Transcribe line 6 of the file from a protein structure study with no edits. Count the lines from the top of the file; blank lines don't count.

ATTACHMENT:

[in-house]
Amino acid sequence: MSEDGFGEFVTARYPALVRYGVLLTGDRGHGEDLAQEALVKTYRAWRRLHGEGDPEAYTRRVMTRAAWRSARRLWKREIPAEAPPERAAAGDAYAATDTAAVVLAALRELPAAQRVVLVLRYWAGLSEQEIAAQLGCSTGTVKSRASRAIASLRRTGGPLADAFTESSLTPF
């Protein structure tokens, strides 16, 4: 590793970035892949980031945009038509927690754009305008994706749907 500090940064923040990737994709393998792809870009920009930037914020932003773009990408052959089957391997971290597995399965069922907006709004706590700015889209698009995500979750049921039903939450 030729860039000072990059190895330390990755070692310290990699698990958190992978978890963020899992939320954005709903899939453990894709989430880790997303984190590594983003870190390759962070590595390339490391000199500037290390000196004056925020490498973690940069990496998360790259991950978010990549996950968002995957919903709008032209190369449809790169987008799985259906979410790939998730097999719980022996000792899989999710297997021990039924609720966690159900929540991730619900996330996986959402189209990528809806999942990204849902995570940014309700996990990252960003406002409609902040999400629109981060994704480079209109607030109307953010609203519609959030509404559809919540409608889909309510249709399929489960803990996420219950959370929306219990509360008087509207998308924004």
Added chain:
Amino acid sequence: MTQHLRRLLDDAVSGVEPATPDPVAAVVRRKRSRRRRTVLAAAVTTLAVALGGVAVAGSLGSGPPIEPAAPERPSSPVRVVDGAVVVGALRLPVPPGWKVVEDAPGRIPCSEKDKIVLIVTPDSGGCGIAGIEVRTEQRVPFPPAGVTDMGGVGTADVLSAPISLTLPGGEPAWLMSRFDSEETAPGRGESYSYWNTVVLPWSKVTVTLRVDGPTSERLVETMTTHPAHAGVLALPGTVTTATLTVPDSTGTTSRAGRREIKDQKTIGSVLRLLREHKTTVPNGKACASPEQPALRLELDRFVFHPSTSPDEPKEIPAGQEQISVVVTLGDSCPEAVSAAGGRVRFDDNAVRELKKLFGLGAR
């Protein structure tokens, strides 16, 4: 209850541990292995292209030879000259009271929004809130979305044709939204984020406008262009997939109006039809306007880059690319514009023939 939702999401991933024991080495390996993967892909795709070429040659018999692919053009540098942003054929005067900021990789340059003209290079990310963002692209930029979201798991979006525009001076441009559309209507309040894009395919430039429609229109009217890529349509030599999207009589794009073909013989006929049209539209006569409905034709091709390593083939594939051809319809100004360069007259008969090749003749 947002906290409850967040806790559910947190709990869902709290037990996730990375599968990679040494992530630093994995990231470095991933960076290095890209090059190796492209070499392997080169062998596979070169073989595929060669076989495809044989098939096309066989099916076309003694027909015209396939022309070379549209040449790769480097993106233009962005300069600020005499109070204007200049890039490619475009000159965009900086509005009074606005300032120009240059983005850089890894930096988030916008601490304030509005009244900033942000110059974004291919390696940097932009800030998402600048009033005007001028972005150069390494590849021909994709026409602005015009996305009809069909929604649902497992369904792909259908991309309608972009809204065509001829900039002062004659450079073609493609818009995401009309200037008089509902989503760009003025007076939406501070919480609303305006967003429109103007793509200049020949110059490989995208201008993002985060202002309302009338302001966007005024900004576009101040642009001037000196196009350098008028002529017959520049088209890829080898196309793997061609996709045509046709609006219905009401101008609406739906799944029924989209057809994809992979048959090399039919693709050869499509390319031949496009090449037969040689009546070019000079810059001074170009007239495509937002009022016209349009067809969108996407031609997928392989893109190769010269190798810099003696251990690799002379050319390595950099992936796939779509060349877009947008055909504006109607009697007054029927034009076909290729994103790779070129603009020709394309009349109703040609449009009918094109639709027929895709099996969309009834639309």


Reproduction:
């Protein structure tokens, strides 16, 4: 209850541990292995292209030879000259009271929004809130979305044709939204984020406008262009997939109006039809306007880059690319514009023939 939702999401991933024991080495390996993967892909795709070429040659018999692919053009540098942003054929005067900021990789340059003209290079990310963002692209930029979201798991979006525009001076441009559309209507309040894009395919430039429609229109009217890529349509030599999207009589794009073909013989006929049209539209006569409905034709091709390593083939594939051809319809100004360069007259008969090749003749 947002906290409850967040806790559910947190709990869902709290037990996730990375599968990679040494992530630093994995990231470095991933960076290095890209090059190796492209070499392997080169062998596979070169073989595929060669076989495809044989098939096309066989099916076309003694027909015209396939022309070379549209040449790769480097993106233009962005300069600020005499109070204007200049890039490619475009000159965009900086509005009074606005300032120009240059983005850089890894930096988030916008601490304030509005009244900033942000110059974004291919390696940097932009800030998402600048009033005007001028972005150069390494590849021909994709026409602005015009996305009809069909929604649902497992369904792909259908991309309608972009809204065509001829900039002062004659450079073609493609818009995401009309200037008089509902989503760009003025007076939406501070919480609303305006967003429109103007793509200049020949110059490989995208201008993002985060202002309302009338302001966007005024900004576009101040642009001037000196196009350098008028002529017959520049088209890829080898196309793997061609996709045509046709609006219905009401101008609406739906799944029924989209057809994809992979048959090399039919693709050869499509390319031949496009090449037969040689009546070019000079810059001074170009007239495509937002009022016209349009067809969108996407031609997928392989893109190769010269190798810099003696251990690799002379050319390595950099992936796939779509060349877009947008055909504006109607009697007054029927034009076909290729994103790779070129603009020709394309009349109703040609449009009918094109639709027929895709099996969309009834639309």